14 March 17:30-19:00
The Techno-Economic Revolution and the ‘Entrepreneurial University’ with Shaukat Hameed Khan (Pakistan & Brasenose 1962).
Please note this talk is for Rhodes Scholars and acquiantances of only – sign up required.

Economies everywhere are facing an ‘expectation’ crisis driven by an apparently irrevocable shift of manufacturing and design from the developed countries to emerging economies as seen in recent trade and patent wars. The emerging countries, on the other hand, view STI (Science Technology and Innovation) as some sort of magic wand, which will enable them to become a knowledge economy. Economic Growth in the 21st C depends upon a new breed of worker from the scientist to the ordinary employee, coupled with rapid technological and organizational changes leading to innovation and productivity. It is argued that STI alone is not a magic wand. Lessons from extensive growth accounting studies show that a country trying to pay ‘catch-up’ cannot replicate exactly those who have gone before, unless there is a strong congruence between its technological and social capabilities. While a review of the role of universities in general and school systems (such as the GCSE in the UK) is valid, let us avoid burdening our universities with economic outcomes only. Can entrepreneurship be taught? Finally, some recent trends in S. Asia are discussed.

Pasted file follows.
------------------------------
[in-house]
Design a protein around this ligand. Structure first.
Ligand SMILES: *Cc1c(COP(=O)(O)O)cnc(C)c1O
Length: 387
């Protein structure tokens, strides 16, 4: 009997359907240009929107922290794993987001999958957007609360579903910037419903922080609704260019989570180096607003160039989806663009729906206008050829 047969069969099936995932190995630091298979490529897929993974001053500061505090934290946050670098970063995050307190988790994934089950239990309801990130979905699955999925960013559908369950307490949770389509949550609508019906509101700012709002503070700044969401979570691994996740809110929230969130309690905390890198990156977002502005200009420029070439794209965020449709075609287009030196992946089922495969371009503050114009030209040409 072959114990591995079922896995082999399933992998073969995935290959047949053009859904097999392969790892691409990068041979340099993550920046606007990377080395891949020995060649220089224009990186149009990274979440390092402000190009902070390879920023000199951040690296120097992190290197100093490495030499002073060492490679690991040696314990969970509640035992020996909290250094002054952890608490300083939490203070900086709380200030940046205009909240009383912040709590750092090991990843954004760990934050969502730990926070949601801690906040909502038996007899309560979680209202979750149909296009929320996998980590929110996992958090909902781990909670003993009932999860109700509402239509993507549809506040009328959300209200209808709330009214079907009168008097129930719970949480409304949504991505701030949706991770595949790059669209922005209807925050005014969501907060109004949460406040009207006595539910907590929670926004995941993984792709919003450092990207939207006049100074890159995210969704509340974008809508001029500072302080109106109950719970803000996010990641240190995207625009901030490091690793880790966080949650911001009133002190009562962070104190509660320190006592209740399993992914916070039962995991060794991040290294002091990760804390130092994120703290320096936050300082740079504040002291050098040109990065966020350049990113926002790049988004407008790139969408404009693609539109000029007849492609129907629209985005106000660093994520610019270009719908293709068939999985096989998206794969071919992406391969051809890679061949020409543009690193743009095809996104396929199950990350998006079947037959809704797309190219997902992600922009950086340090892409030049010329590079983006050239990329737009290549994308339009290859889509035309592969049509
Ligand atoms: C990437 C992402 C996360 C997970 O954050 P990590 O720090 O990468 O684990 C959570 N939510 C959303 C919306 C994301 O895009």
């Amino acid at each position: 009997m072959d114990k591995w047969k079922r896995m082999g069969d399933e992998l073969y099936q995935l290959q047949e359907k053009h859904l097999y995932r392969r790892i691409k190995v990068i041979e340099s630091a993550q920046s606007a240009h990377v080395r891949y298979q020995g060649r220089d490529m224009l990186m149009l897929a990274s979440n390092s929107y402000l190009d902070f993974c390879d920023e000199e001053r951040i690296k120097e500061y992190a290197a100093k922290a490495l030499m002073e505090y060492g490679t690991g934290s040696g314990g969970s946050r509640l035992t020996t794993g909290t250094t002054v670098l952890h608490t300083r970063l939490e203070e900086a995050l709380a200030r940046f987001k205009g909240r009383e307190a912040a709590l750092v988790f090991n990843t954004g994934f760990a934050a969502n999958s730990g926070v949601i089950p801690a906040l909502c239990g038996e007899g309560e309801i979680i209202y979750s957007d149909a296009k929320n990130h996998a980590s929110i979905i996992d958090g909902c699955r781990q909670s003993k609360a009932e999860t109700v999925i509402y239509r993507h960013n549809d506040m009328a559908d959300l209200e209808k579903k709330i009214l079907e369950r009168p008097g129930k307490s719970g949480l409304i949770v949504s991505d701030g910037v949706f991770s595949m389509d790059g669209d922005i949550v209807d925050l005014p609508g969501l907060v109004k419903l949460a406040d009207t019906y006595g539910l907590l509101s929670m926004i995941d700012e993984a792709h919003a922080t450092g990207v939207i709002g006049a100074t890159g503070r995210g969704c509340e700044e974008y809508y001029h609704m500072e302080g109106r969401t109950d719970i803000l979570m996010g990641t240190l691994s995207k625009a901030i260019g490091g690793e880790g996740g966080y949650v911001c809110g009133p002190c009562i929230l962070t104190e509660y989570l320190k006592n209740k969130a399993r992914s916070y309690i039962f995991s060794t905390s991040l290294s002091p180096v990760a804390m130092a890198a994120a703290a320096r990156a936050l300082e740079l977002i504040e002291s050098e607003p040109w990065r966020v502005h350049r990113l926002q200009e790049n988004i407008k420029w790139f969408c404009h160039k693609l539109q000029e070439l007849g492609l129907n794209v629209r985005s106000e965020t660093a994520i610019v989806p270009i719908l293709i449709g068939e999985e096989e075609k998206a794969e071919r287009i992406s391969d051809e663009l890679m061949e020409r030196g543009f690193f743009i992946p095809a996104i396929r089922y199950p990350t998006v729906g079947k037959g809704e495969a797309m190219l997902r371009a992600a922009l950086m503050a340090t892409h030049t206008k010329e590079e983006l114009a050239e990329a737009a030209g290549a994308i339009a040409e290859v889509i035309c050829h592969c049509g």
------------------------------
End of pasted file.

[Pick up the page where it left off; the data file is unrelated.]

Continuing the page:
Bio:A Rhodes scholar with BSc and DPhil degrees from Oxford, he retired as Chief Scientist from the PAEC in 2005. where he was involved in R&D and teaching as well as production of lasers valued at over US$ 150m, (including export to S.E. Asia and CERN, Switzerland). He served as Rector of GIKI and is a recipient of the President’s Medal and the Technology Gold Medal by the Pakistan Academy of Sciences. As Coordinator General of the OIC Standing Committee on S&T he presented the OIC Ten-Year S&T Plan at a special OIC Summit of Heads of States in Astana (2017). Some work in the policy domain includes the ‘Vision 2030’ foresight document (2007), reforms in Higher Education, the National Industrial Policy (2011). Also represented Pakistan at the Summit of 100 scientists from the EU and Asia in Japan, 2010. At Oxford he played cricket for BNC, was president of the Majlis and the Ralegh Club apart from rowing in the BNC Alien Eight in the ‘Bumps’ – even though he could not swim! His current interests include the energy transition, development of different and higher skills, and the emerging relation between science and society. His most recent publications in 2018 include the OIC RE Profile 2018.


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